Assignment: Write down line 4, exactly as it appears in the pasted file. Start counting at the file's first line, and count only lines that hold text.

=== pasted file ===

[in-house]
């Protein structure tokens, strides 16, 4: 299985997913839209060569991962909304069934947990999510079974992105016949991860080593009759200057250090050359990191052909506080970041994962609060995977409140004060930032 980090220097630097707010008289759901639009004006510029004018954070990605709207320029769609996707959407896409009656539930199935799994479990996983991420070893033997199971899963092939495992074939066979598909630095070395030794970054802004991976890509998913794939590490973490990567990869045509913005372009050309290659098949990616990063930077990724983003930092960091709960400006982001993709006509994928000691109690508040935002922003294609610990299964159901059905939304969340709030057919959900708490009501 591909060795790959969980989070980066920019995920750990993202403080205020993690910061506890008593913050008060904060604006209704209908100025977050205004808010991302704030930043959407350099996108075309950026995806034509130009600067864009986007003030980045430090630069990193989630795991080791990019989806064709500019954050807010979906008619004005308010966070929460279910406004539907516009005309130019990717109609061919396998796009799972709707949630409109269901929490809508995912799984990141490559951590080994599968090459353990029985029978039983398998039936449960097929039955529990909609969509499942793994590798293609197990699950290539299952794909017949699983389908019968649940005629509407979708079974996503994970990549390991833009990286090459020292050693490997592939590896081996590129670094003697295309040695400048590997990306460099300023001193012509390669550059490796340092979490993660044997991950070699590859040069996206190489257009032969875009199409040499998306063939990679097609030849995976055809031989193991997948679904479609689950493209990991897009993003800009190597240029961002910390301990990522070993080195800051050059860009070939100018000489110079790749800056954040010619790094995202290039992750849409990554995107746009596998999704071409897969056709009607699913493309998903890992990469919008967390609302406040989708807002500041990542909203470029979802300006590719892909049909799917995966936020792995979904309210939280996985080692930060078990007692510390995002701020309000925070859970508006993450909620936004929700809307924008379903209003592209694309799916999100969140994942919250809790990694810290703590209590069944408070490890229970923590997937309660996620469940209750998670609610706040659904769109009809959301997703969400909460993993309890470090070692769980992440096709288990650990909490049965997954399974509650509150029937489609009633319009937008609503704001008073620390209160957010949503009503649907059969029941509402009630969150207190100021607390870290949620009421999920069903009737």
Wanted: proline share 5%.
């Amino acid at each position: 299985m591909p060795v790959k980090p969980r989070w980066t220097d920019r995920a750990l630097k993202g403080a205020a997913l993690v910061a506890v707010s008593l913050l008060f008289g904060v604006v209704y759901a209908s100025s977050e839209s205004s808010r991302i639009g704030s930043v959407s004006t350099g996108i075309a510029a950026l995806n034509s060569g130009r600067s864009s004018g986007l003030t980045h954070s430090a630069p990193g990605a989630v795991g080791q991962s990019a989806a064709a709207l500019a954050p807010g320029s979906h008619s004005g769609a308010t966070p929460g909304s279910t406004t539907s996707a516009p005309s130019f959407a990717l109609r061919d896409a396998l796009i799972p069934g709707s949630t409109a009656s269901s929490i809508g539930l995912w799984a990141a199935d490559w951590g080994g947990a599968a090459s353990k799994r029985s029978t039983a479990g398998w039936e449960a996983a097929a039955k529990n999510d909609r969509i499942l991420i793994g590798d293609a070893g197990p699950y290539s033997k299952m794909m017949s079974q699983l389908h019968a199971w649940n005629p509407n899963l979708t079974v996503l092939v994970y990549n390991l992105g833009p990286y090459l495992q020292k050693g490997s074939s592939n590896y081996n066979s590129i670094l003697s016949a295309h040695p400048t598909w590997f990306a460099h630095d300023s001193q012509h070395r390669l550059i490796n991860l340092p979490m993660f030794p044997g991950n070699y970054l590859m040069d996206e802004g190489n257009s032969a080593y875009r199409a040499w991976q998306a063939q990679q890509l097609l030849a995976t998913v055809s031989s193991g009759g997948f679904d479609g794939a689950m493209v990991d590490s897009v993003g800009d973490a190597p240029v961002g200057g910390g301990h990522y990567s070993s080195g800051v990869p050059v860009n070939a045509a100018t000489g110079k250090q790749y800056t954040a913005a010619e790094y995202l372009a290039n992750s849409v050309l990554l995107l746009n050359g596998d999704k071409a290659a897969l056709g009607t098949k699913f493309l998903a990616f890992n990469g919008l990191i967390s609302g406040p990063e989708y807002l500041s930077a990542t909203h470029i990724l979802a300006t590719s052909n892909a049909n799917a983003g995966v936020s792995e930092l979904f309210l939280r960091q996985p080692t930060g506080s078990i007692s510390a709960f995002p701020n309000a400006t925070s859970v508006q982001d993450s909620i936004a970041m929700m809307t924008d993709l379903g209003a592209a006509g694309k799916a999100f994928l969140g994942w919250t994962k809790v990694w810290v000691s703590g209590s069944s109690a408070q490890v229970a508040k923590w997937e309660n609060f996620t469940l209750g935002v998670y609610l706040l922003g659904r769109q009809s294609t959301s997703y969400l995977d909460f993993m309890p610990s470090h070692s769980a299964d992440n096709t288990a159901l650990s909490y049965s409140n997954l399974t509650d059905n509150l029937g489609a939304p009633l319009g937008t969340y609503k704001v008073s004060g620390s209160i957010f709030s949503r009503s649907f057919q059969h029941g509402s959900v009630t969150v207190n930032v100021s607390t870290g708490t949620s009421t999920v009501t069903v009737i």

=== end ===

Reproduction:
């Amino acid at each position: 299985m591909p060795v790959k980090p969980r989070w980066t220097d920019r995920a750990l630097k993202g403080a205020a997913l993690v910061a506890v707010s008593l913050l008060f008289g904060v604006v209704y759901a209908s100025s977050e839209s205004s808010r991302i639009g704030s930043v959407s004006t350099g996108i075309a510029a950026l995806n034509s060569g130009r600067s864009s004018g986007l003030t980045h954070s430090a630069p990193g990605a989630v795991g080791q991962s990019a989806a064709a709207l500019a954050p807010g320029s979906h008619s004005g769609a308010t966070p929460g909304s279910t406004t539907s996707a516009p005309s130019f959407a990717l109609r061919d896409a396998l796009i799972p069934g709707s949630t409109a009656s269901s929490i809508g539930l995912w799984a990141a199935d490559w951590g080994g947990a599968a090459s353990k799994r029985s029978t039983a479990g398998w039936e449960a996983a097929a039955k529990n999510d909609r969509i499942l991420i793994g590798d293609a070893g197990p699950y290539s033997k299952m794909m017949s079974q699983l389908h019968a199971w649940n005629p509407n899963l979708t079974v996503l092939v994970y990549n390991l992105g833009p990286y090459l495992q020292k050693g490997s074939s592939n590896y081996n066979s590129i670094l003697s016949a295309h040695p400048t598909w590997f990306a460099h630095d300023s001193q012509h070395r390669l550059i490796n991860l340092p979490m993660f030794p044997g991950n070699y970054l590859m040069d996206e802004g190489n257009s032969a080593y875009r199409a040499w991976q998306a063939q990679q890509l097609l030849a995976t998913v055809s031989s193991g009759g997948f679904d479609g794939a689950m493209v990991d590490s897009v993003g800009d973490a190597p240029v961002g200057g910390g301990h990522y990567s070993s080195g800051v990869p050059v860009n070939a045509a100018t000489g110079k250090q790749y800056t954040a913005a010619e790094y995202l372009a290039n992750s849409v050309l990554l995107l746009n050359g596998d999704k071409a290659a897969l056709g009607t098949k699913f493309l998903a990616f890992n990469g919008l990191i967390s609302g406040p990063e989708y807002l500041s930077a990542t909203h470029i990724l979802a300006t590719s052909n892909a049909n799917a983003g995966v936020s792995e930092l979904f309210l939280r960091q996985p080692t930060g506080s078990i007692s510390a709960f995002p701020n309000a400006t925070s859970v508006q982001d993450s909620i936004a970041m929700m809307t924008d993709l379903g209003a592209a006509g694309k799916a999100f994928l969140g994942w919250t994962k809790v990694w810290v000691s703590g209590s069944s109690a408070q490890v229970a508040k923590w997937e309660n609060f996620t469940l209750g935002v998670y609610l706040l922003g659904r769109q009809s294609t959301s997703y969400l995977d909460f993993m309890p610990s470090h070692s769980a299964d992440n096709t288990a159901l650990s909490y049965s409140n997954l399974t509650d059905n509150l029937g489609a939304p009633l319009g937008t969340y609503k704001v008073s004060g620390s209160i957010f709030s949503r009503s649907f057919q059969h029941g509402s959900v009630t969150v207190n930032v100021s607390t870290g708490t949620s009421t999920v009501t069903v009737i």